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The rising importance of co-ops

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By Laurie Guevara-Stone

As we hear more bad news every day,
from the high national debt, exorbitant unemployment numbers and
stagnant wages, to havoc wreaked by climate change, it seems that
our corporation-dominated system is proving unsustainable. We seem to
be hitting both financial and ecological limits. However, there is
good news with an innovative structure that can actually strengthen a
local economy. This good news comes in the form of cooperatives.

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Many people in the Roaring Fork Valley
may be aware of the Roaring Fork Valley Co-op, or the Carbondale Food
Co-op, but co-ops come in many forms and are becoming increasingly
common.

Co-ops are owned by workers, residents,
consumers, farmers, the community, or any combination of the above.
What they have in common is that they circulate the benefits back to
their member-owners, and these benefits ripple out to the broader
community. As Marjorie Kelly of Yes! magazine explains, “Cooperative
forms of ownership allow the well-being of people, the planet, and
future generations to take priority over profits for shareholders and
executives.”

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Nearly 30,000 cooperatives exist in the
United States, accounting for 2 million jobs, $75 billion in wages
and benefits, and more than $500 billion in total revenue.

There are different forms of
cooperatives including consumer co-ops, producer co-ops, purchasing
co-ops and worker co-ops.

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Consumer cooperatives are owned by the
people who buy the goods or use the services. Credit unions, REI and
on a more local level the Roaring Fork Valley Co-op and Carbondale
Community Food Co-op are examples of consumer cooperatives.

Producer cooperatives, such as Organic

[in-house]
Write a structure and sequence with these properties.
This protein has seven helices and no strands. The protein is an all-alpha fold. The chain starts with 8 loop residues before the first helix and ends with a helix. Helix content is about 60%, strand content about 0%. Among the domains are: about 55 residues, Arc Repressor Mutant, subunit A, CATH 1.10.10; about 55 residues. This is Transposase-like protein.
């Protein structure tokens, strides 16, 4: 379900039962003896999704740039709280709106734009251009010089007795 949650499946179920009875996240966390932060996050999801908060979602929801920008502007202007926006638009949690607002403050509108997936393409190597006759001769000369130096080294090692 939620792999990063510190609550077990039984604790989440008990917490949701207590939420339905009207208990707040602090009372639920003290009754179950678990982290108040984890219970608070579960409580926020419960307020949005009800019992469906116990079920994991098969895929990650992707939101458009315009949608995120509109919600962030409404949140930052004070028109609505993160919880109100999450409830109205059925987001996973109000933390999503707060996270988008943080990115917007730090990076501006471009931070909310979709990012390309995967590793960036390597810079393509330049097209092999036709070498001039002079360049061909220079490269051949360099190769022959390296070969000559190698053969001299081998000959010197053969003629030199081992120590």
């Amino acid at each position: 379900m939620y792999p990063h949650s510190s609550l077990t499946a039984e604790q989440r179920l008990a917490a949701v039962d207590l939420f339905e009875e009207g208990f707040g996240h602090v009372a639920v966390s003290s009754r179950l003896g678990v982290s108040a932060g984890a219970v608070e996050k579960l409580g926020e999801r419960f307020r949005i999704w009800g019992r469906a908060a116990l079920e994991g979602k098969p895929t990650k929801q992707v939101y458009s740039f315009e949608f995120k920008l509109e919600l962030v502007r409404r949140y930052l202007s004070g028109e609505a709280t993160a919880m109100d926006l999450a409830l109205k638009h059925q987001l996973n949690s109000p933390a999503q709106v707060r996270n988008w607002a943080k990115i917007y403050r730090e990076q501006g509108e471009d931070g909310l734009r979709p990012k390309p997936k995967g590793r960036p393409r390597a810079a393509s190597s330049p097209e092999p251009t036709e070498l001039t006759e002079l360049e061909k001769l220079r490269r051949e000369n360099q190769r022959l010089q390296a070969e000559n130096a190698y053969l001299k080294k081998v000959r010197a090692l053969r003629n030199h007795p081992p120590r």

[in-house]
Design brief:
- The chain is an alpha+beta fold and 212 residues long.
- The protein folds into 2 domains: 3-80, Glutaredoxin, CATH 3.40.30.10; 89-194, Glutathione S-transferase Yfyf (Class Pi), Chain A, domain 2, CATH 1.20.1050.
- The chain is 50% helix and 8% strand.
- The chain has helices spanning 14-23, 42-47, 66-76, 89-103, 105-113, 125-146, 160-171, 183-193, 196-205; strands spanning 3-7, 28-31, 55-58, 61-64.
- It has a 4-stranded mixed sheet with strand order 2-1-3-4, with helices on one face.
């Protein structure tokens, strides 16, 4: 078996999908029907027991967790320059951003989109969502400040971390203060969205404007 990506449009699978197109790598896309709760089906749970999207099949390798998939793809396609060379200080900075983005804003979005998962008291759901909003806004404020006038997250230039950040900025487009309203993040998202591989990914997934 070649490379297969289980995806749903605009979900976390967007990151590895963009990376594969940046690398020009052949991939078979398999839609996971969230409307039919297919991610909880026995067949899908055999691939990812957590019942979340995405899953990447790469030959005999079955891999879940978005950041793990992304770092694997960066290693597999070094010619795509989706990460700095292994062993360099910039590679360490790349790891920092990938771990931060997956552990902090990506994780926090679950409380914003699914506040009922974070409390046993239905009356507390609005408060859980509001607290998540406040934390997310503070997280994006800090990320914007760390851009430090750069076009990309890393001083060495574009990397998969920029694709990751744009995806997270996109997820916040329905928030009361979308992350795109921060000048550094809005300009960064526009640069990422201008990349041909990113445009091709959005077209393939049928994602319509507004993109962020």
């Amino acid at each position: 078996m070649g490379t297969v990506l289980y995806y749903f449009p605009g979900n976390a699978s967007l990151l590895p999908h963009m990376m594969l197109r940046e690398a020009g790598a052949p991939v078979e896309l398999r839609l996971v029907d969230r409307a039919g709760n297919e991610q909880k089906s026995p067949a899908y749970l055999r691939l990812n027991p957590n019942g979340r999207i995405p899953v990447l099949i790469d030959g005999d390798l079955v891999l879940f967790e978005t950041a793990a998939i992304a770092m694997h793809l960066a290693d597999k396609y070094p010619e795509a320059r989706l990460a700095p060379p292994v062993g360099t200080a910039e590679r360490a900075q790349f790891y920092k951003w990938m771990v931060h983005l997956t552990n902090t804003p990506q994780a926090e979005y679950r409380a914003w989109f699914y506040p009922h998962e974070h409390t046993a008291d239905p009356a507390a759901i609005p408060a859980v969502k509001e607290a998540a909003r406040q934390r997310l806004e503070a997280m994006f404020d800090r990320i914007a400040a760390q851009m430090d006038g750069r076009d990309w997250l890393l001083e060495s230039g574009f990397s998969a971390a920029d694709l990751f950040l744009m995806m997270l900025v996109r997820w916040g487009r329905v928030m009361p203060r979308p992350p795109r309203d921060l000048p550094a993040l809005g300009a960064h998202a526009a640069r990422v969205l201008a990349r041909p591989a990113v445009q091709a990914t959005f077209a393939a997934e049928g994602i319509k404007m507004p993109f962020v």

Valley, are formed when producers band together to market their
products.

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Purchasing cooperatives are when small
businesses pool resources to be competitive with large chains. Ace
Hardware, which has stores in both Carbondale and Aspen, is part of a
purchasing cooperative.

Worker cooperatives are owned and
governed by employees.

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Cooperative businesses are most often
formed to meet the needs of people, not to maximize profit.
Cooperatives around the world generally operate according to the same
core principles and values, adopted in 1995 by the International
Co-operative Alliance. At the heart of those principles are the core
values of social and local economic development.

The seventh principle, “concern for
community,” states: “While focusing on member needs, cooperatives
work for the sustainable development of communities through policies
and programs accepted by the members.” That’s why in these
difficult social and economic times, more and more cooperatives are
forming around the world.

The Roaring Fork Valley Co-op was
founded in 1952 to serve the needs of local ranchers. Membership in
the amount of $25 was collected to provide capital to build the
business. Now, more than 60 years later, the co-op offers everything
from pet supplies to gasoline to men’s, women’s and children’s
clothing. Both members and non-members can shop at the co-op, and the
lifetime membership still costs only $25, entitling you to patronage
dividends at the end of the fiscal year.

An even older cooperative operating in
the Roaring Fork Valley is Holy Cross Energy, founded in 1939. Holy
Cross is a member-owned, not-for-profit electric cooperative utility
providing electricity, energy products and services to more than
55,000 consumers primarily in Eagle, Pitkin and Garfield counties.
Each consumer receiving electric service from Holy Cross is a
member-owner, eligible to vote at meetings of members, to become a
director, to receive member equity allocations and/or distributions
and to share in the proceeds should Holy Cross be dissolved.

A more recent addition to the
cooperative movement locally is the Carbondale Community Food Co-op
(CCFC), which started selling memberships in 2007.

Carbondale Community Food Co-op strives
to support local businesses and local agriculture whenever possible
and is committed to providing healthy, organic, and sustainable food
and products. For a lifetime membership of $75, members receive a 5
percent discount on all shelf items every Saturday and Sunday; cost
plus 15 percent all the time on special and bulk orders;
opportunities for volunteer hours (when needed by the business) to
earn discounts up to 25 percent; a vote in all major decisions and an
opportunity to elect and/or serve on the board of directors. The
co-op is open to both members and non-members, and allows a more
localized and personal experience when shopping for food.

Last year, with financial and
ecological crises mounting worldwide, the U.N. named 2012 the Year of
the Cooperative. As the nation struggles to recover from an economic
crisis we can all do our part by supporting local cooperatives that
help strengthen the local community.

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